A puri or poori is an unleavened bread made from a dough of atta, water and salt by rolling it out into discs of approximately the size of palm and deep frying it in ghee or vegetable oil. Traditionally served in India, Pakistan, Bangladesh, Nepal, Malaysia, and Sri Lanka it is best eaten if it is served immediately. This ensures maximum taste and also delights guests with a puffed up version which gradually sinks as it releases hot air. Torn off pieces are folded and used to scoop beans/rice/etc which are too small or messy to be eaten with fingers alone.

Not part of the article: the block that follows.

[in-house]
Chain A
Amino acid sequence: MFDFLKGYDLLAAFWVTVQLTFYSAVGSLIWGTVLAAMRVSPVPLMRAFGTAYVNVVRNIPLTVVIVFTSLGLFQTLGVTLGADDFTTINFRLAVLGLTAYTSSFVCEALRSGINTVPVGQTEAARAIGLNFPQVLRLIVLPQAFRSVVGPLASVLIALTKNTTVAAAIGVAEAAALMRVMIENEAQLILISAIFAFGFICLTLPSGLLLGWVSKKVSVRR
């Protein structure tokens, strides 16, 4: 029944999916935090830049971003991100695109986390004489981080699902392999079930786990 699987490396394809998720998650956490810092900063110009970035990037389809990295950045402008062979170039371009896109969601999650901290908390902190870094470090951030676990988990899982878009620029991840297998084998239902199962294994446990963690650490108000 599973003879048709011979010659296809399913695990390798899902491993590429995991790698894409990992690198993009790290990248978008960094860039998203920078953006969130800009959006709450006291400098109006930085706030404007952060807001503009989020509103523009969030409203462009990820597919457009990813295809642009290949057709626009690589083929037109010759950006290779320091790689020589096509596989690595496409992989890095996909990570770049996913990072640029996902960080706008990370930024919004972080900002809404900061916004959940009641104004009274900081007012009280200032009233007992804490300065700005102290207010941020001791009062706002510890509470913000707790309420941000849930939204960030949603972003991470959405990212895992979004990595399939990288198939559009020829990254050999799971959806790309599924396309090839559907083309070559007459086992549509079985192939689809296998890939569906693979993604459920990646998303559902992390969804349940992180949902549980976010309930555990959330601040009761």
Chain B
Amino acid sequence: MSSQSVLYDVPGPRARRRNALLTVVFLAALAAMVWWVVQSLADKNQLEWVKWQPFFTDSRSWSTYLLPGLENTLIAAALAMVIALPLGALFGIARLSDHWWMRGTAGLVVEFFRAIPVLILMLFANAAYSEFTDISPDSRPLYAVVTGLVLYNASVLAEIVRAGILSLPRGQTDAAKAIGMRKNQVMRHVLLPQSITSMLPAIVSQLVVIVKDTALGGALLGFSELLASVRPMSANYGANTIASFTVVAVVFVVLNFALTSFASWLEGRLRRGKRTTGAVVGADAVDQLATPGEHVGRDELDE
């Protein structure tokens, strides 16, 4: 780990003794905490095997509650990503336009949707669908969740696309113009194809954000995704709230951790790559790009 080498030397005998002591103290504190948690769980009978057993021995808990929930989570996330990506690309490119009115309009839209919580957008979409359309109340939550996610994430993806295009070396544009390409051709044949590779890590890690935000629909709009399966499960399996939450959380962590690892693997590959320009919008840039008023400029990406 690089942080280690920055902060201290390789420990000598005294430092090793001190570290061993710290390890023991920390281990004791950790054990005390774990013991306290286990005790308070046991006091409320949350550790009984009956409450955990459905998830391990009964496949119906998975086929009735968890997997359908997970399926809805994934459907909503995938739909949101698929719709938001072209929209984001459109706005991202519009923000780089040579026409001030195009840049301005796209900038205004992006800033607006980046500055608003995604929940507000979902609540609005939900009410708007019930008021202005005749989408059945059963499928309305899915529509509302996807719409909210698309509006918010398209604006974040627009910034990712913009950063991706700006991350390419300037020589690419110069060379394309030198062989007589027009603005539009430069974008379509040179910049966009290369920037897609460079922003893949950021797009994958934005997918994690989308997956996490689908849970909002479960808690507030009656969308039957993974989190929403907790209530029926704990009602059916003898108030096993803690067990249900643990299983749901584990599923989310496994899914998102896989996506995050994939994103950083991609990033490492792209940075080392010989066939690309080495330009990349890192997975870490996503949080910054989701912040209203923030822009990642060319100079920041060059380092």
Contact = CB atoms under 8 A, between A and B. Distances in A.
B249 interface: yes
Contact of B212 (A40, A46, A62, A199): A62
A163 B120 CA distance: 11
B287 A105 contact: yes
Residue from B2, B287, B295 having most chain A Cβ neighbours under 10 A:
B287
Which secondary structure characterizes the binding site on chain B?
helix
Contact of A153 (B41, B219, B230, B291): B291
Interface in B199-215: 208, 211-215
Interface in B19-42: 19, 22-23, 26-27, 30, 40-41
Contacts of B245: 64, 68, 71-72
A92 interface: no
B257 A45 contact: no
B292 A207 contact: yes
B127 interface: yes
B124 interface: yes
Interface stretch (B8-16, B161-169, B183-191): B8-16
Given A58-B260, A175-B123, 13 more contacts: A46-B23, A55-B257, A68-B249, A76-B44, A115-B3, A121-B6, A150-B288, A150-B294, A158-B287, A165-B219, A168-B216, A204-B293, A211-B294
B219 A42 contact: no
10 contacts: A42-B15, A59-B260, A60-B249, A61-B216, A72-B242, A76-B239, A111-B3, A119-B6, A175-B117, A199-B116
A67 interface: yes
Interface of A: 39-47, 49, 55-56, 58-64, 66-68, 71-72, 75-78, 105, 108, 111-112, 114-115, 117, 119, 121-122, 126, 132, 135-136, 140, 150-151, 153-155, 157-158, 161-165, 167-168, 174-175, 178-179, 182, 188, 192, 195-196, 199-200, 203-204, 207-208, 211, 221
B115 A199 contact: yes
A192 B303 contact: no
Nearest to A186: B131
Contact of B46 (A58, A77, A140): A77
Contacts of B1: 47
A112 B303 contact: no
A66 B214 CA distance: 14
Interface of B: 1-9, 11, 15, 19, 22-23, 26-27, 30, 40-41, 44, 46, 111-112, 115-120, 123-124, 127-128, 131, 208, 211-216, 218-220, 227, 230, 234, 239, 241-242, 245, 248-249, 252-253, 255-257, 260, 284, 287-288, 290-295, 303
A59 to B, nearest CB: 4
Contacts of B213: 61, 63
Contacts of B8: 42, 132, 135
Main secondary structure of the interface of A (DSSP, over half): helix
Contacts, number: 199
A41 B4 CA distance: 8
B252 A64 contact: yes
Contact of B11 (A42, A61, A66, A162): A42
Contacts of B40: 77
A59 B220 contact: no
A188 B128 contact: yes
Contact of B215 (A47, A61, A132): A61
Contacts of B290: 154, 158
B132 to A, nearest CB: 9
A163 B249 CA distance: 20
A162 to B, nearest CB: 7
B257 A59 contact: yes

Puri is often served with halwa, potato masala or with korma, although in coastal Orissa, it is also eaten with dal (lentils). A variant of the puri is the batura which is thrice as big as a regular puri and thus a single batura, served with chole, often constitutes a full meal. Another variant of the puri popular in the eastern states of West Bengal and Orissa is the Luchi. The dough for Luchi is prepared with Maida (White Flour) rather than whole wheat flour. Ajwain seeds are sometimes added to the dough.